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Posts Tagged ‘getting older’

For six decades, my feet have touched the earth. This did not seem a consequential thing before, but I have learned otherwise.

I grew up on the shores of San Pablo Bay. While, behind me, the dark oases of live oaks studded the rolling golden hills, I walked unshod down the shingled shore, the smooth curves of wave-worn pebbles pressing upward into the flesh of my bare feet. I would gather kelp vines to use as bullwhips, challenge fiddler crabs to duels, and with a poked finger annoy the anemones until they spat. My bare toes gripped the ragged rim of a tidepool’s edge, and my arches provided stability as I balanced on weather-beaten logs. To my bare feet, the cool water and the hot stones were as natural as the salt air and the scent of baking seaweed were to my lungs.

Then, with shoelaces tied together and draped over my neck, I kept my shoes dry as I crossed the tidal marsh that lay between shore and home,. Navigating past clumps of reeds, gently pushing aside the serrated blades of pampas grass, I let my feet breach the brackish water, sink into the yellow mud, continue down through muck the color of rust, until they hit the underlayment of fetid black peat, the foul and oily rot squishing upward between my toes. Here, shoes were worthless, destined (if used) to be left behind in a muddy grave or, worse, to survive for a few brief and redolent hours on the front stoop before my mother gave up and threw their ruined stink into the trash.

When school let out for summer, my friends and I tossed our tattered Keds aside and headed up into the sun-bleached hills behind our homes. We followed creekbeds and ridgelines, slid on the fragrant mat beneath the eucalyptus trees, and winced as spiny oak leaves pierced our callused feet. Come late August, with back-to-school sales shouting from every newspaper and TV ad, I’d be given new shoes, along with my mother’s admonition to take care of them this time because she wouldn’t be buying me any replacements.

To be safe, I rarely wore them outside of school.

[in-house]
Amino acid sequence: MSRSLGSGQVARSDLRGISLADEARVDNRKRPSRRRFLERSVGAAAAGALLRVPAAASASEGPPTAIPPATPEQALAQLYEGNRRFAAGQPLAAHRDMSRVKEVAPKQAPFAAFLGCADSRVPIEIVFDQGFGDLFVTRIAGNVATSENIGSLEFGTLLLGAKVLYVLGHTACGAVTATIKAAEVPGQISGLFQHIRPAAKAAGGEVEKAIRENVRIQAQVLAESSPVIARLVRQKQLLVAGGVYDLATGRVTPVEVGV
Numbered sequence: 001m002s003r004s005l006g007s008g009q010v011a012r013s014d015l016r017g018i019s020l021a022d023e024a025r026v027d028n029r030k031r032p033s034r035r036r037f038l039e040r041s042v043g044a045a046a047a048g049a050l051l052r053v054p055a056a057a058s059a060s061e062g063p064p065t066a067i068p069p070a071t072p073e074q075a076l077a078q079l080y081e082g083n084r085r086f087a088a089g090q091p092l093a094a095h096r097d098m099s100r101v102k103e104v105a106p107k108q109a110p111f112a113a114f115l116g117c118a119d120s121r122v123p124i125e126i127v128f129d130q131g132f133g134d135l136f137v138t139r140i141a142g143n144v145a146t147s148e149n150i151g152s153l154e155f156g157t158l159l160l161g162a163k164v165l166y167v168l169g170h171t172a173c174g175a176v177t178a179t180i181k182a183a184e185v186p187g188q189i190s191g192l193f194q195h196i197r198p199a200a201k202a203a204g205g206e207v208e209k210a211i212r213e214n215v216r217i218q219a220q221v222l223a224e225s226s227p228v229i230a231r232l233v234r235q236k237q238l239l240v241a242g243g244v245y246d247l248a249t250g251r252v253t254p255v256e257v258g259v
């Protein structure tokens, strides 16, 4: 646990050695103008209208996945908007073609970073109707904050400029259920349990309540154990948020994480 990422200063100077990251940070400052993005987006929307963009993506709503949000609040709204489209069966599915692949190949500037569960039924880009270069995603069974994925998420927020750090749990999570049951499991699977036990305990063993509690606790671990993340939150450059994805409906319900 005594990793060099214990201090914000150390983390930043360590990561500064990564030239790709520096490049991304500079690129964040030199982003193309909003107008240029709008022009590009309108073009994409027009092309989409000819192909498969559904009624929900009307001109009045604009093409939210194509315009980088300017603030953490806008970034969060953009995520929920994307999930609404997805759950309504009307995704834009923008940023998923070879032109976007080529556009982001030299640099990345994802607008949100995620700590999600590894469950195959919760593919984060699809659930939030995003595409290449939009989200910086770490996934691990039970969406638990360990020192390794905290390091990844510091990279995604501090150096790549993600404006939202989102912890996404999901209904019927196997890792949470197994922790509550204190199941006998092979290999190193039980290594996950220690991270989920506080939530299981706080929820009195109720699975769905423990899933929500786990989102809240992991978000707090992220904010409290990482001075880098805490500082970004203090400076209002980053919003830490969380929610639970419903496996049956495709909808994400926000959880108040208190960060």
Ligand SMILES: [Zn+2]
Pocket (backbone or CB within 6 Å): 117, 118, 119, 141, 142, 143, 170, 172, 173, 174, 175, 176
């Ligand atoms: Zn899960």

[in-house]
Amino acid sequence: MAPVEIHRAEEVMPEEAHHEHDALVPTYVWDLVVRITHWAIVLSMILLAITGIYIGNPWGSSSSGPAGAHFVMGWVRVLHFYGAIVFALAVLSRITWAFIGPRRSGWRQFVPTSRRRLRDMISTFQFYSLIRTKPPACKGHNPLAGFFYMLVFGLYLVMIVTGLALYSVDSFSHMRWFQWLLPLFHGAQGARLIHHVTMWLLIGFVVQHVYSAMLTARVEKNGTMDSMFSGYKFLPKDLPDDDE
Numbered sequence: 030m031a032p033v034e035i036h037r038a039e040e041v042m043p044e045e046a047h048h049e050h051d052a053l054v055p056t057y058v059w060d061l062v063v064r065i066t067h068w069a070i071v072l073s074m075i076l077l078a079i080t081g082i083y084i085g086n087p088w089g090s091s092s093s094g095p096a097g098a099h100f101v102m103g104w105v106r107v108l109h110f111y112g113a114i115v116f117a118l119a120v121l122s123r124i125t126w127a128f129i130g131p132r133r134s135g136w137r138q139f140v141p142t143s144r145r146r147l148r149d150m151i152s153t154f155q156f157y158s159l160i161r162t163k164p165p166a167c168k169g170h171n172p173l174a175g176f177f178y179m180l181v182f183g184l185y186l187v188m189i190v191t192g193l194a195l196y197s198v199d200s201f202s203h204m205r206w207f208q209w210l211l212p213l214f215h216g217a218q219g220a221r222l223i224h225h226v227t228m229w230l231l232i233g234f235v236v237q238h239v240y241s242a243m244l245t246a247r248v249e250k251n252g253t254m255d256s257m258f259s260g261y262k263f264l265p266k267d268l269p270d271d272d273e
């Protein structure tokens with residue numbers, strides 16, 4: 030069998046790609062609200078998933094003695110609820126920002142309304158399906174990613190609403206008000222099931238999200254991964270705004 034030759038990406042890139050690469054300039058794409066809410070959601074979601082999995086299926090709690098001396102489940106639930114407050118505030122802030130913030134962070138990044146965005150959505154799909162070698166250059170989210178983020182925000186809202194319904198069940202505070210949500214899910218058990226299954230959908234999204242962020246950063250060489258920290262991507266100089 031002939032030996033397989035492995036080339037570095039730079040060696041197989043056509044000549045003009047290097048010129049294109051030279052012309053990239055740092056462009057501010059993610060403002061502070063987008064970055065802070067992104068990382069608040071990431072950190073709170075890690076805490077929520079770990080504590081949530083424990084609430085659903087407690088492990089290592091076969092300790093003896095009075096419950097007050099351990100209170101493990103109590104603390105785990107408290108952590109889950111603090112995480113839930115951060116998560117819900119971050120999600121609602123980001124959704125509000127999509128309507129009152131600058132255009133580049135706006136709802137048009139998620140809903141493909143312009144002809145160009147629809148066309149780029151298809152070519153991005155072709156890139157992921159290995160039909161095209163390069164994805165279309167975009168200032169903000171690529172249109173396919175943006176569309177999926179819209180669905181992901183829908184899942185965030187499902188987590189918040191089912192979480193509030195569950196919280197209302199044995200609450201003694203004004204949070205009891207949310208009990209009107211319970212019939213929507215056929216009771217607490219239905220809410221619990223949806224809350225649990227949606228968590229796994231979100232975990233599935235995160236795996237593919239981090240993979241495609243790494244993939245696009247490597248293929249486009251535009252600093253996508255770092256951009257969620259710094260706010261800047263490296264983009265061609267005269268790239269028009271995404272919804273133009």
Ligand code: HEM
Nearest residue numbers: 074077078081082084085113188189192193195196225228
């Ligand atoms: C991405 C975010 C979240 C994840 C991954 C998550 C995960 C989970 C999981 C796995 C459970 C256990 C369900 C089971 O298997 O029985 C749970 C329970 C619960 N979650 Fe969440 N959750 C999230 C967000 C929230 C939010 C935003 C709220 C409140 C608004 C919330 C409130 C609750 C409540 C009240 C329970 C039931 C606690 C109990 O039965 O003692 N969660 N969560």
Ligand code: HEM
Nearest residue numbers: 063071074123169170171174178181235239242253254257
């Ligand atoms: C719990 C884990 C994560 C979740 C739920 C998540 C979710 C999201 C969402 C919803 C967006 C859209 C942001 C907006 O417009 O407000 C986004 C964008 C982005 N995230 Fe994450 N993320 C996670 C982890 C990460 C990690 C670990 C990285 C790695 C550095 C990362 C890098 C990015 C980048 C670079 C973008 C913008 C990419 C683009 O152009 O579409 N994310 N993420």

In the time between those days and now, I maintained my contact with the earth, barefooting my way through the years. Working in my gardens, shaded by their canopy of spruce and fir and maple, I felt with each step the sun-warmed grass, the cushioned mat of russet needles, the crunch of pinecones, the coolth of upturned soil, and always I reveled in the chthonic energy that flowed upward from earth to sole to crown. My feet are still callused, though now mostly from walking on pavement than traipsing across youthful hills, but lately, age has begun to make its effects known.

An injured ligament across the left arch and instep has required support beyond what my bare feet can provide, for which I resorted to an ankle brace and bindings. The foot has improved, albeit with glacial speed, to the point where the tight grip of the bindings is not always required, but sadly, the foot is not yet able to go it alone, and so a shoe (with arch support) is needed.

The practice of walking shod was melted out of my DNA by the sun of many summers and so, even though it lessens the pain, wearing shoes around the house feels alien and unnatural. I feel as if I’m just passing through my own home, on my way to somewhere else, some place where bare feet are a faux pas.

My heart holds tight the hope that this is a temporary condition and not the first step down some inexorable decline, and that by the solstice I will once again be able to feel the ground beneath my feet, but there is no guarantee. Meanwhile, I will practice patience; but do not be surprised if, now and again, I leave my shoes on the bottom step and walk out to spend a few minutes standing barefoot beneath the garden’s green-leafed roof.

k

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My father was a distinctly midcentury man.